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When your walls tell a story, your home is a lot more interesting.
During my sophomore year in high school, I tagged along with my parents to visit my oldest brother in Spain who was studying abroad in Toledo. During that trip, my parents purchased a traditional Spanish hand painted tile mirror for the house. Oh the memories of carrying the 2.5′ x 3′ mirror through international airports and praying it made it home in one piece.
On another such trip, we visited my middle sister in Ecuador where my parents purchased a brass mobile at the Guyasamín museum. Another adventure getting it home, but all worth it, as it has become another wonderful reminder of an amazing trip that I see every time I visit my parents.
So, I owe it to my parents’ own habits for inspiring my approach to how I purchase souvenirs when traveling. Since high school, when I became a bit more aware of my surroundings and style, I started buying things on trips that I could display as decór somehow. The best place to find such treasures? Often in open air markets, bazaars, street fairs and such. A new book, Nomad: a global approach to interior style, coming out soon from Chronicle Books reminded me of my own travel buying habits, and so I thought I’d share.
The most common item I buy are little paintings, ceramics and the occasional photograph. Sprinkled into the mix are three dimensional items such as a cobbler’s foot mold I picked up at a vide grenier in France, or hanging elephants from Mumbai that cost less than $1. When looking for your own treasures to remember a trip by, make sure to think about the following:
- How the item will travel: Too fragile? Do you have space in your suitcase or carry on? Is shipping an option?
- How much the item costs: Can you negotiate? Is it something that will remind you of your visit?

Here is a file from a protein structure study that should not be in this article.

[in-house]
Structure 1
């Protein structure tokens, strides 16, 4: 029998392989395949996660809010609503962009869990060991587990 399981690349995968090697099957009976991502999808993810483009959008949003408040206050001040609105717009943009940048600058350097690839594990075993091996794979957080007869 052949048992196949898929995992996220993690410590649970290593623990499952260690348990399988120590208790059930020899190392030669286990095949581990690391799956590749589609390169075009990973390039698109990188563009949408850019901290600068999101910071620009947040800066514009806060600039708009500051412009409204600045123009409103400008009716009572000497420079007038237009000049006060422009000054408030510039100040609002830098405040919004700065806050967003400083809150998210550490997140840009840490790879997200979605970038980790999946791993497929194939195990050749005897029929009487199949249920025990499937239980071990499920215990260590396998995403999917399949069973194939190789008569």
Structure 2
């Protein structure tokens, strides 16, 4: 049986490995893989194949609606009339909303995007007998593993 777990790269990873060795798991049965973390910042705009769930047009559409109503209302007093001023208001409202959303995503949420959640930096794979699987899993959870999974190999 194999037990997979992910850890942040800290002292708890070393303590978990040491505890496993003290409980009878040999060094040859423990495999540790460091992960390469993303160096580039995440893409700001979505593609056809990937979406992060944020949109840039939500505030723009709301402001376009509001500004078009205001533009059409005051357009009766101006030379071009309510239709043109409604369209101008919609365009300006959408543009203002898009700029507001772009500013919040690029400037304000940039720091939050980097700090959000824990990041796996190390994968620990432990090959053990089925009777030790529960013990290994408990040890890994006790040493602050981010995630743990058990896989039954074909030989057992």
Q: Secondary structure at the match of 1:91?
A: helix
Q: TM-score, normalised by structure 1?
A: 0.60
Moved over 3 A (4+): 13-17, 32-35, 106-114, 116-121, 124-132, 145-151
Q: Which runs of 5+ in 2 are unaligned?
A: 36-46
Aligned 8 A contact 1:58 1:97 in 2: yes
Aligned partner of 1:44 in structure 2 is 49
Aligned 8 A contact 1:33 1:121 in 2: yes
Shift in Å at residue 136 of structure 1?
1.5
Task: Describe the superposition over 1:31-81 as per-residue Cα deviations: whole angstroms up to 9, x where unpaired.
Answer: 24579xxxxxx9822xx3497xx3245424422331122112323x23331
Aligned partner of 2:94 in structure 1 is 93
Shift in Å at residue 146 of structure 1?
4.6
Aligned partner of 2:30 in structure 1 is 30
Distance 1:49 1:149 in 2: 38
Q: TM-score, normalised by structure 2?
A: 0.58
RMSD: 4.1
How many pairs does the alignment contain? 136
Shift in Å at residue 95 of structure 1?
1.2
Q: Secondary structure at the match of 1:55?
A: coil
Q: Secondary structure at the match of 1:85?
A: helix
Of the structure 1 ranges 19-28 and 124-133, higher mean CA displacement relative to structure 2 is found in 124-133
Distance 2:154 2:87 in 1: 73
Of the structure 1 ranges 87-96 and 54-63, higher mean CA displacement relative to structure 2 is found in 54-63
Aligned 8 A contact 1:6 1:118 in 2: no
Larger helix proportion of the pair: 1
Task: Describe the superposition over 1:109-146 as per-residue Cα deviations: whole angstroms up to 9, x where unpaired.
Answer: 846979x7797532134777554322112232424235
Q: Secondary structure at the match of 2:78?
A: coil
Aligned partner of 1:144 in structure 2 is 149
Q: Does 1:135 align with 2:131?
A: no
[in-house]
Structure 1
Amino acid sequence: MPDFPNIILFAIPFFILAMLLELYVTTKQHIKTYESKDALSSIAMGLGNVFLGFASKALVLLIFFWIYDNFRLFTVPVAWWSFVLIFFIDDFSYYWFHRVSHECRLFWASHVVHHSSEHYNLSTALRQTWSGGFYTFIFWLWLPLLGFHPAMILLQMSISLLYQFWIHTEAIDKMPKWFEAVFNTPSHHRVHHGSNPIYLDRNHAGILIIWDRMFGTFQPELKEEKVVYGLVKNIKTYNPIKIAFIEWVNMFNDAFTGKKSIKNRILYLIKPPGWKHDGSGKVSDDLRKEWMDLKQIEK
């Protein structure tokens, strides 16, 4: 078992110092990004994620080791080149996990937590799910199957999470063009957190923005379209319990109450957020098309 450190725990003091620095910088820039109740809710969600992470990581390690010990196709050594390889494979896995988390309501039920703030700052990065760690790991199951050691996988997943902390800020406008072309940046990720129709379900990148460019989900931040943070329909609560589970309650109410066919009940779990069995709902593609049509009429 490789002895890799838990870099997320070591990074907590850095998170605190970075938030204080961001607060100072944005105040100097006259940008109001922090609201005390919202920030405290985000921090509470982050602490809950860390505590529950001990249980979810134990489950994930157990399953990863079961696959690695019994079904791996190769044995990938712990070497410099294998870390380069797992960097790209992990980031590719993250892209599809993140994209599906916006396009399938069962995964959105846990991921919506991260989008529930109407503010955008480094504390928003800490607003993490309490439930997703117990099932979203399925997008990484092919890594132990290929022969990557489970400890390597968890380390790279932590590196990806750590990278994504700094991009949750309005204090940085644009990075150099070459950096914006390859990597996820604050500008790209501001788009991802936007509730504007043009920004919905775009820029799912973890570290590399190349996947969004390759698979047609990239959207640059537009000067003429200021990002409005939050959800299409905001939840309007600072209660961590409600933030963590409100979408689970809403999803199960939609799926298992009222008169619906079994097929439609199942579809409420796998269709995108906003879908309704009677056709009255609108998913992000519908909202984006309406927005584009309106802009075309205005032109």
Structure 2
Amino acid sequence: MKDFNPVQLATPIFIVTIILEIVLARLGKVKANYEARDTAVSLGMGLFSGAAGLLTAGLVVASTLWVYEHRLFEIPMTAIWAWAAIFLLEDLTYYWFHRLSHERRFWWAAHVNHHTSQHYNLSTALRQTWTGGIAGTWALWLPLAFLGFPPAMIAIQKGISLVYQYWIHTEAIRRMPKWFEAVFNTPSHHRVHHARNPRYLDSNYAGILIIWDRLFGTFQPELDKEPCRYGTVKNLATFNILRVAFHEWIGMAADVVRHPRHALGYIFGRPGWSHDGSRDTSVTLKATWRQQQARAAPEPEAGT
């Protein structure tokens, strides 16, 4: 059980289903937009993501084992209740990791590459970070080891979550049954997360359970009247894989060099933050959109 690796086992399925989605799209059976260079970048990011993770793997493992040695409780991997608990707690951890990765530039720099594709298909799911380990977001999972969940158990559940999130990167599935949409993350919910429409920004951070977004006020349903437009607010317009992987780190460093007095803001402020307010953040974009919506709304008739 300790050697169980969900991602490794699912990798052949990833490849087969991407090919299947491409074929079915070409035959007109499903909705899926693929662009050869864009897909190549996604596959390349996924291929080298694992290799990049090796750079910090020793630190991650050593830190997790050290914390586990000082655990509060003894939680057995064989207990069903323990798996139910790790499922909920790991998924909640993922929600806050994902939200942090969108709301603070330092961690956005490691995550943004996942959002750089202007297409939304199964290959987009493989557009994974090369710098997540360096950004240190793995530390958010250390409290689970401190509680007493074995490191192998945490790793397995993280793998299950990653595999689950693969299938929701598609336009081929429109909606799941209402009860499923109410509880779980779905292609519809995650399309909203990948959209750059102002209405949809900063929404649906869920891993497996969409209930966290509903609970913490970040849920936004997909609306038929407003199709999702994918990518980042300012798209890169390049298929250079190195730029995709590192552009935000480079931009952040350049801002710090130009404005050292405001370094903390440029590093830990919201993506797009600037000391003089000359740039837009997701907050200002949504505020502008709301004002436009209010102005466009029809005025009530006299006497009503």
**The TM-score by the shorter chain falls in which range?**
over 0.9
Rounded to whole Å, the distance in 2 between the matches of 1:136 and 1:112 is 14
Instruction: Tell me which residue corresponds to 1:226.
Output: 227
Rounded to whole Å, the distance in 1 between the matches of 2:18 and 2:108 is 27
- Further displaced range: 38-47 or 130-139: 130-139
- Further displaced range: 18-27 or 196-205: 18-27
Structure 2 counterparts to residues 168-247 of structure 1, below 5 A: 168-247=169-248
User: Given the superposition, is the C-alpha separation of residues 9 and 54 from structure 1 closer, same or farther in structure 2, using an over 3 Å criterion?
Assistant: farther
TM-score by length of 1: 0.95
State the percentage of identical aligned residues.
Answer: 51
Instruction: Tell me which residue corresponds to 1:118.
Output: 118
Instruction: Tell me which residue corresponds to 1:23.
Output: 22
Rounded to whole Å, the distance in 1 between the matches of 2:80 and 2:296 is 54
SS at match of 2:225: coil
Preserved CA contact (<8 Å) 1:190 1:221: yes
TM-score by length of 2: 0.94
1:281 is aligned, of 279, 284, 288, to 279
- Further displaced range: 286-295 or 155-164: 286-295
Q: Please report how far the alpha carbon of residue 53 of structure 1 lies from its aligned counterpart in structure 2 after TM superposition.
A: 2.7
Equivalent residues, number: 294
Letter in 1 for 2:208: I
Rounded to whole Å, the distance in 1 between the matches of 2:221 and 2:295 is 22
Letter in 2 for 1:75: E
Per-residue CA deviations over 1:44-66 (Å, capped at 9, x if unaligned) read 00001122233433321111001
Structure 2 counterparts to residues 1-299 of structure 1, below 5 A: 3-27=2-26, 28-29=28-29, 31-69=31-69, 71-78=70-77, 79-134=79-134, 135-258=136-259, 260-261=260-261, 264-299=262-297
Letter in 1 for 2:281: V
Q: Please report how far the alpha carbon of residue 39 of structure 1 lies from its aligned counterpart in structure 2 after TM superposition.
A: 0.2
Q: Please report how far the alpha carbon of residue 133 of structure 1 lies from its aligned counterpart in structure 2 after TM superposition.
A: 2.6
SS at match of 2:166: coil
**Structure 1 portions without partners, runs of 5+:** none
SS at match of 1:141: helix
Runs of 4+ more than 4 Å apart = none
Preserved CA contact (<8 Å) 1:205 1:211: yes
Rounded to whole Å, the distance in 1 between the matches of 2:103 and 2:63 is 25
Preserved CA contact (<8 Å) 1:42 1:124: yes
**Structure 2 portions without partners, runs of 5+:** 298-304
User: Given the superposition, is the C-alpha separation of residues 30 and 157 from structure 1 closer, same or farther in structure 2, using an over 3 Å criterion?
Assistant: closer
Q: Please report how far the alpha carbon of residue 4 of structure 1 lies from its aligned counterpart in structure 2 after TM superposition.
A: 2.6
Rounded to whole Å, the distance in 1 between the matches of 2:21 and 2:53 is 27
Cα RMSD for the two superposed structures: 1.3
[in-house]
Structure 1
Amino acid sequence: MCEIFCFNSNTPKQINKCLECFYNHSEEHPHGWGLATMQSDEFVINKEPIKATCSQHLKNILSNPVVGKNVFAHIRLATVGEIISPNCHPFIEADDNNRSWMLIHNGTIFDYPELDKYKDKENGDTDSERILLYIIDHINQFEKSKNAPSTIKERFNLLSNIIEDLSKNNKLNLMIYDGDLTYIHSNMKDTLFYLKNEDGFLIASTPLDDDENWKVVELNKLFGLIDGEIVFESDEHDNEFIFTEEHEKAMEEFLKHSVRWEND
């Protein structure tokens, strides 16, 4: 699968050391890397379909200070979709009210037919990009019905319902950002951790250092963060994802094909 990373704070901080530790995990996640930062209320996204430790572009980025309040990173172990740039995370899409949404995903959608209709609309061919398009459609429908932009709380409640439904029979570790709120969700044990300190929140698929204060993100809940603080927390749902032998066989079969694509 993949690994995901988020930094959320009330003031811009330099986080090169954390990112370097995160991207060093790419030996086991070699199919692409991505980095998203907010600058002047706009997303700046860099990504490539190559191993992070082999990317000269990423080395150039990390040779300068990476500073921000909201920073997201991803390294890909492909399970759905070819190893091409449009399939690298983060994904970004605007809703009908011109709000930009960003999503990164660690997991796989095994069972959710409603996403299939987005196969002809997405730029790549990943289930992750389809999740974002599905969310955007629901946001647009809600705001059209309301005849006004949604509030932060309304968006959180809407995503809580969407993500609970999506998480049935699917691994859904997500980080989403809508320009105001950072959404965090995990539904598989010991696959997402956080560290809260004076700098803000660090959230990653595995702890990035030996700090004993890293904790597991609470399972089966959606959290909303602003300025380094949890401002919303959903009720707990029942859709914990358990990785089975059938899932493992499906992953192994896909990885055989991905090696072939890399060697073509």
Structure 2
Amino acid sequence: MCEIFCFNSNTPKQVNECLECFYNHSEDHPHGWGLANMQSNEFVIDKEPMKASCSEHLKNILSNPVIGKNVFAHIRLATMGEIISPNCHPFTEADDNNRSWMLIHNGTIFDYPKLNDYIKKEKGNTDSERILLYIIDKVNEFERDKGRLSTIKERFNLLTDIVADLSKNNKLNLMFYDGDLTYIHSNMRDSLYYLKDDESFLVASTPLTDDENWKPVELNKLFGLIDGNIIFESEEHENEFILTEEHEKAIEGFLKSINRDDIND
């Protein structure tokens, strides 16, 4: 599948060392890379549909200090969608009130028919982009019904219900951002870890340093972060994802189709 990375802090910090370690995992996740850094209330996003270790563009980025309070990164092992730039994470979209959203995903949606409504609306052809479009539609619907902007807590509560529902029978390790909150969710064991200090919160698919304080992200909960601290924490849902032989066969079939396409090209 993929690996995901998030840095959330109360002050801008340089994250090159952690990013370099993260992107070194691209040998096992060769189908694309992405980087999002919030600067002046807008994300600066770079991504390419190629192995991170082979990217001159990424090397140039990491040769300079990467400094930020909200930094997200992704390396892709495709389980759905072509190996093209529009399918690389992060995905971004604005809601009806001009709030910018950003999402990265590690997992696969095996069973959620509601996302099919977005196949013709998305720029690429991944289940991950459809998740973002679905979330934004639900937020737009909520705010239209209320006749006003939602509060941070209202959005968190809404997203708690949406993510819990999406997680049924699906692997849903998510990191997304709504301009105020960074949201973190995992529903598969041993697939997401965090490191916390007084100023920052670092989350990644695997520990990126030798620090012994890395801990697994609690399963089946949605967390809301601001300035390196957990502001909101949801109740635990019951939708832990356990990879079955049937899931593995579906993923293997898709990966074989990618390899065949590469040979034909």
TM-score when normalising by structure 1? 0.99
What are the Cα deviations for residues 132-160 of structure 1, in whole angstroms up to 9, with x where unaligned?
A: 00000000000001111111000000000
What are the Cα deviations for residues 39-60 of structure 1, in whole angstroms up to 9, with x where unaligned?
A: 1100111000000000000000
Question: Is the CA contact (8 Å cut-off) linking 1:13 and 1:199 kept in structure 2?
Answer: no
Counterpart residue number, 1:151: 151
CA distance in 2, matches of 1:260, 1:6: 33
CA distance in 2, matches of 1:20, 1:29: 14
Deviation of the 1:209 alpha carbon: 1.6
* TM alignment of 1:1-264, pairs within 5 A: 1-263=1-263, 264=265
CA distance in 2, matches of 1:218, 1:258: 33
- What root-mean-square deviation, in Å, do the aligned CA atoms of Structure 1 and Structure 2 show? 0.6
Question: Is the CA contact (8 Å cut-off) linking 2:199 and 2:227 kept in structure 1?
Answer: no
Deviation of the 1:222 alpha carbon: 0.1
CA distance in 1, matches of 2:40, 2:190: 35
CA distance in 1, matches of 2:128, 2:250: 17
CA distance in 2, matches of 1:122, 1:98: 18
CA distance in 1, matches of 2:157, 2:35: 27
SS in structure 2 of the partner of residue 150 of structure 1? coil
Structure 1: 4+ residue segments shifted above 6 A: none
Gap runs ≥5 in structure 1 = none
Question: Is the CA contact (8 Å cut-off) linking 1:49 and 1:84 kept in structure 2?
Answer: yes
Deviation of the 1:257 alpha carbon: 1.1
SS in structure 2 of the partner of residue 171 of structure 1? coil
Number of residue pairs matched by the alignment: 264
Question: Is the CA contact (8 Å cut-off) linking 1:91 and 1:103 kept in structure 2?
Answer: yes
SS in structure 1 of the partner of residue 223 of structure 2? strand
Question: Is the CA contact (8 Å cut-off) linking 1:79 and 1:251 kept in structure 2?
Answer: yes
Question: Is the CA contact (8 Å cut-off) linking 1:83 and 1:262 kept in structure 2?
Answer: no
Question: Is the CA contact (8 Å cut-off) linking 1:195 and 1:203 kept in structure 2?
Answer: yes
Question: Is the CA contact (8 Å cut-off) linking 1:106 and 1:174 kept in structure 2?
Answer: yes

- What will you do with it at home? Will it actually go with what you already have? What room do you see it in?
- Is it unique to the place your visiting? Find out if your destination is known for certain goods (ie: Italy – Leather, Spain – Shoes, China – Silk, Prague – Crystal, etc.)
- Limit your buying to one or two nicer items vs. a lot of little trinkets.
Best way to display? Wall collages of course! Check out more inspiration found by SF Girl by Bay (vintage inspired, but you get the idea).
I would take the Nomadic lifestyle one step further and extend it into fashion. The other things I look to buy, if not something to decorate my home, are jewelry pieces or a fashion item that is significant to a place. I find people striking up conversations with me about the turquoise earrings I picked up on the Ponte Vecchio in Florence. Or the Feather Hat Pin from the Neuschwanstein Castle gift shop in Germany for €5.
The wedding shenanigans were centered on the beach so we rented a lovely beach home with a few friends there. The house was great and just 2 blocks from the beach and pier, and 3 blocks from Folly’s main street. But even with its proximity, we did our fair share of walking.
Friday was our day to explore so we got an early start and headed into Charleston.
First stop was The Market after which we took a stroll to get our bearings, stop in a shop or two, and marvel at the historic buildings. The city is beautiful!
We then aimed our feet in the direction of the noon ferry to head out to see Fort Sumter. If you have time, make the trip out to the fort. The entire “tour” is 2 hours with ferry rides, a history lesson and time to walk around the fort plus you see more of the city as you head out. It’s a relatively cheap trip (you just pay for the roundtrip ferry ticket) as it’s a national park.